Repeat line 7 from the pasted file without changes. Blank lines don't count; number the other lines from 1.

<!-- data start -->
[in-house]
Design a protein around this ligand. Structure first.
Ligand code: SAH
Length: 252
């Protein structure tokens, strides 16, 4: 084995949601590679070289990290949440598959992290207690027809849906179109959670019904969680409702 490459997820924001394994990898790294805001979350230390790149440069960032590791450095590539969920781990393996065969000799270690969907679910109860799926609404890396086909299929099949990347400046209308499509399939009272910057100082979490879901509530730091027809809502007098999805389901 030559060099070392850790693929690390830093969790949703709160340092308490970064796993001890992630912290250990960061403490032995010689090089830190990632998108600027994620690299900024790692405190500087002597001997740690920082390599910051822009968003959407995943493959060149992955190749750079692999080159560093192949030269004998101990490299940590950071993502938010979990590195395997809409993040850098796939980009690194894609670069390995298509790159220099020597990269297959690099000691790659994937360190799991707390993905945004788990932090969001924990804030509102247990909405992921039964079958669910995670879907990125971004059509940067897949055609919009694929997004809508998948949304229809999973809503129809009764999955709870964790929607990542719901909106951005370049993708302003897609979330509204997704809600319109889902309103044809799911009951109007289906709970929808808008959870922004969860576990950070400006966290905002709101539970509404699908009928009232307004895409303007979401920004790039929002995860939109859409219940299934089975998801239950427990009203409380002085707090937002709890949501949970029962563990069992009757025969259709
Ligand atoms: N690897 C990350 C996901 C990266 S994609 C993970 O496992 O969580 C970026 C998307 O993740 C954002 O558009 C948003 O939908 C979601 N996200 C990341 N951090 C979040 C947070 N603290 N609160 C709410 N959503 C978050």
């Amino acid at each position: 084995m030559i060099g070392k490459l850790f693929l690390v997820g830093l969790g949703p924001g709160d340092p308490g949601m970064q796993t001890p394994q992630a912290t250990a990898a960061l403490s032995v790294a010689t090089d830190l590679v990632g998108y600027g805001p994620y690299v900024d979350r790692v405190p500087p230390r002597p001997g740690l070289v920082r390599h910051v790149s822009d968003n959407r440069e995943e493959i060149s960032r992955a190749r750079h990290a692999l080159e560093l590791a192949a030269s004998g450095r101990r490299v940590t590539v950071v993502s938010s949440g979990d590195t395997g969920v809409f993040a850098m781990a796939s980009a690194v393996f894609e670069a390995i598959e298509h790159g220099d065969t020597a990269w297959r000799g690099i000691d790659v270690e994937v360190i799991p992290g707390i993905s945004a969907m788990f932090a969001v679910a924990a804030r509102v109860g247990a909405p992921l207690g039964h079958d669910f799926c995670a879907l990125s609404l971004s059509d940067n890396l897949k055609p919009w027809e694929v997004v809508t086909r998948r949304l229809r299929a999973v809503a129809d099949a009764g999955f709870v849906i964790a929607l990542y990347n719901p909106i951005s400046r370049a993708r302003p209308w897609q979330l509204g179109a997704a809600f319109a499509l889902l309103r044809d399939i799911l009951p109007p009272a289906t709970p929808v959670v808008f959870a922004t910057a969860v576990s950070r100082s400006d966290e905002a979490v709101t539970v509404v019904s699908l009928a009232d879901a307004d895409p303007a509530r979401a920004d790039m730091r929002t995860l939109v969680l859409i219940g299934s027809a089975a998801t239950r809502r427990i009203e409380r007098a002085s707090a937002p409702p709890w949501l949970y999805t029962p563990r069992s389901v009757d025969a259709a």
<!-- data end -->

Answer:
């Amino acid at each position: 084995m030559i060099g070392k490459l850790f693929l690390v997820g830093l969790g949703p924001g709160d340092p308490g949601m970064q796993t001890p394994q992630a912290t250990a990898a960061l403490s032995v790294a010689t090089d830190l590679v990632g998108y600027g805001p994620y690299v900024d979350r790692v405190p500087p230390r002597p001997g740690l070289v920082r390599h910051v790149s822009d968003n959407r440069e995943e493959i060149s960032r992955a190749r750079h990290a692999l080159e560093l590791a192949a030269s004998g450095r101990r490299v940590t590539v950071v993502s938010s949440g979990d590195t395997g969920v809409f993040a850098m781990a796939s980009a690194v393996f894609e670069a390995i598959e298509h790159g220099d065969t020597a990269w297959r000799g690099i000691d790659v270690e994937v360190i799991p992290g707390i993905s945004a969907m788990f932090a969001v679910a924990a804030r509102v109860g247990a909405p992921l207690g039964h079958d669910f799926c995670a879907l990125s609404l971004s059509d940067n890396l897949k055609p919009w027809e694929v997004v809508t086909r998948r949304l229809r299929a999973v809503a129809d099949a009764g999955f709870v849906i964790a929607l990542y990347n719901p909106i951005s400046r370049a993708r302003p209308w897609q979330l509204g179109a997704a809600f319109a499509l889902l309103r044809d399939i799911l009951p109007p009272a289906t709970p929808v959670v808008f959870a922004t910057a969860v576990s950070r100082s400006d966290e905002a979490v709101t539970v509404v019904s699908l009928a009232d879901a307004d895409p303007a509530r979401a920004d790039m730091r929002t995860l939109v969680l859409i219940g299934s027809a089975a998801t239950r809502r427990i009203e409380r007098a002085s707090a937002p409702p709890w949501l949970y999805t029962p563990r069992s389901v009757d025969a259709a």